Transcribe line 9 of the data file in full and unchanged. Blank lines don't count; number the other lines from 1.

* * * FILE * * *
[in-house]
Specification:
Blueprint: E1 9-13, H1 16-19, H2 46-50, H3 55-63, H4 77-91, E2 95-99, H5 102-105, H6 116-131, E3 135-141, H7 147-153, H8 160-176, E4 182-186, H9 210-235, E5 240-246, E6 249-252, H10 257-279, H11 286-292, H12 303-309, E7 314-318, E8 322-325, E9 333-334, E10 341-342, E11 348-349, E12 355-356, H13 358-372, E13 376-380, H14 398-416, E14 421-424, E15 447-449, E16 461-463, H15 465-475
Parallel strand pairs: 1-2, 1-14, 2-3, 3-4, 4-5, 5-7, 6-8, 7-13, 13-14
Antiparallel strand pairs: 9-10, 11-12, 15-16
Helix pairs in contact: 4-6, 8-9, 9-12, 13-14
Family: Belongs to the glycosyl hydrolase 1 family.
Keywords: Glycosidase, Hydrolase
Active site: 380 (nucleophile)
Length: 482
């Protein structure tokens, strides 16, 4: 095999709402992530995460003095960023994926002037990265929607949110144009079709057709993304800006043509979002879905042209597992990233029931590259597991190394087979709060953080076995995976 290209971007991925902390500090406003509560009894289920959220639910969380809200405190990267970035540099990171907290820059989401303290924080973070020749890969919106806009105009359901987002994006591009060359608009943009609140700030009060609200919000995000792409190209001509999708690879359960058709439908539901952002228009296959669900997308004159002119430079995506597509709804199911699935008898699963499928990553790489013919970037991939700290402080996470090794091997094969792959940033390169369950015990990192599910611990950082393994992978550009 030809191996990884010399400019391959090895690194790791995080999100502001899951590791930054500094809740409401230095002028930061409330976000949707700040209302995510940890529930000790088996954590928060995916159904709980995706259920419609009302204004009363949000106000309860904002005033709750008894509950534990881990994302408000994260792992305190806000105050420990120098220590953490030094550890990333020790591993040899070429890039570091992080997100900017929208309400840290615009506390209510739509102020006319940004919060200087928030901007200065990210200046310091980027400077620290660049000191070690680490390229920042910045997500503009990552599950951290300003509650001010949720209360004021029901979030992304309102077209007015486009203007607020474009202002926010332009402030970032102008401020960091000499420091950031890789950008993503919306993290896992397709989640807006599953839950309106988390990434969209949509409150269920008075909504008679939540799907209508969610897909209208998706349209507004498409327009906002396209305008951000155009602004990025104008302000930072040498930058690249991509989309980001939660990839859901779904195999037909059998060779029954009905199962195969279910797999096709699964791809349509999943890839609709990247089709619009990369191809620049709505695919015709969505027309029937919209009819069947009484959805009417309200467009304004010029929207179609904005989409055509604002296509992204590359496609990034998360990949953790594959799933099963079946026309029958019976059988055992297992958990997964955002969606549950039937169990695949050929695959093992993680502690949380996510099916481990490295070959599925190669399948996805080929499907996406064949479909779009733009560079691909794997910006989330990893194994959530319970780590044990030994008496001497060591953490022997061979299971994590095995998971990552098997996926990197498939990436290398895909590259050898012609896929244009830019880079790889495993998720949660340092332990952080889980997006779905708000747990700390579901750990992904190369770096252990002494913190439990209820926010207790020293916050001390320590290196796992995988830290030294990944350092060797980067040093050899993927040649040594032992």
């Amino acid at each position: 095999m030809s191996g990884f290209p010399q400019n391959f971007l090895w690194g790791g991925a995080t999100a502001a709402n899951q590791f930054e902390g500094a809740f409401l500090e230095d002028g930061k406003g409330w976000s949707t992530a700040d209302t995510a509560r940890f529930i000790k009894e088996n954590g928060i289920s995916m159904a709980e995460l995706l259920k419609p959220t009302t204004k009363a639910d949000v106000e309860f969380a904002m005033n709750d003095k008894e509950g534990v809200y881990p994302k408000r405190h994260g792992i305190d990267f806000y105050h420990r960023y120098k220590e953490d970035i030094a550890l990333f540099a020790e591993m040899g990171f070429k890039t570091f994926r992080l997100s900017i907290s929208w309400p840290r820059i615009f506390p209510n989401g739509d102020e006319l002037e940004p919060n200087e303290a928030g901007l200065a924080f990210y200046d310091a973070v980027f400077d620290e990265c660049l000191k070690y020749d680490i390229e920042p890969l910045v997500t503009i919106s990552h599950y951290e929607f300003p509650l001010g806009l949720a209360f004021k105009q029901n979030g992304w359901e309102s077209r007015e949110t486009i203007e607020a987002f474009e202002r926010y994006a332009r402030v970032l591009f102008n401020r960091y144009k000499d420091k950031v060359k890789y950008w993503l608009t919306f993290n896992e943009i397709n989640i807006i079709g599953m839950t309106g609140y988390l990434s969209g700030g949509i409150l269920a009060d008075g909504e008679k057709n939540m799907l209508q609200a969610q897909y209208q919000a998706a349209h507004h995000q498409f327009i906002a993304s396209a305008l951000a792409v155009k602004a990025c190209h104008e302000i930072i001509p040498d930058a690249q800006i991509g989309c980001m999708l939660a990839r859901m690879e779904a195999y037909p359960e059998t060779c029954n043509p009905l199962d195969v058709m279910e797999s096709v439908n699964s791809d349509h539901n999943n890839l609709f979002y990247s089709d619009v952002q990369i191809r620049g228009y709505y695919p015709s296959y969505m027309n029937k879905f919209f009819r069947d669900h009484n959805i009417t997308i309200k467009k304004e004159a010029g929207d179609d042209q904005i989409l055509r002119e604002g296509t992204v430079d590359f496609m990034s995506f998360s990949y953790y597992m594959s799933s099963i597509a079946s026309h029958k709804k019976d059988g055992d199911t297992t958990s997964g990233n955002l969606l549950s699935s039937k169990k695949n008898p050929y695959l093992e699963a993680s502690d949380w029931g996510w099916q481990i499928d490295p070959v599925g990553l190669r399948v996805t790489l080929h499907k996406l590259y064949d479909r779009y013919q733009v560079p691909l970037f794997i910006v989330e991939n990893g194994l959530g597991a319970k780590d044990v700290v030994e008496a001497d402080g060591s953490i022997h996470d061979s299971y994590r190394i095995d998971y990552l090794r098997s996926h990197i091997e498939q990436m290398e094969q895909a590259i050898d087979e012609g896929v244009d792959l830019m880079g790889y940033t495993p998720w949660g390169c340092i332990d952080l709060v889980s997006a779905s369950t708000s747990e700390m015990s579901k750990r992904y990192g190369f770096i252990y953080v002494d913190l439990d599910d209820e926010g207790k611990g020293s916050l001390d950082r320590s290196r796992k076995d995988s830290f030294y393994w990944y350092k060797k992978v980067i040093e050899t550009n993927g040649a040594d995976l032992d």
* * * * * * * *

Active site: 380 (nucleophile)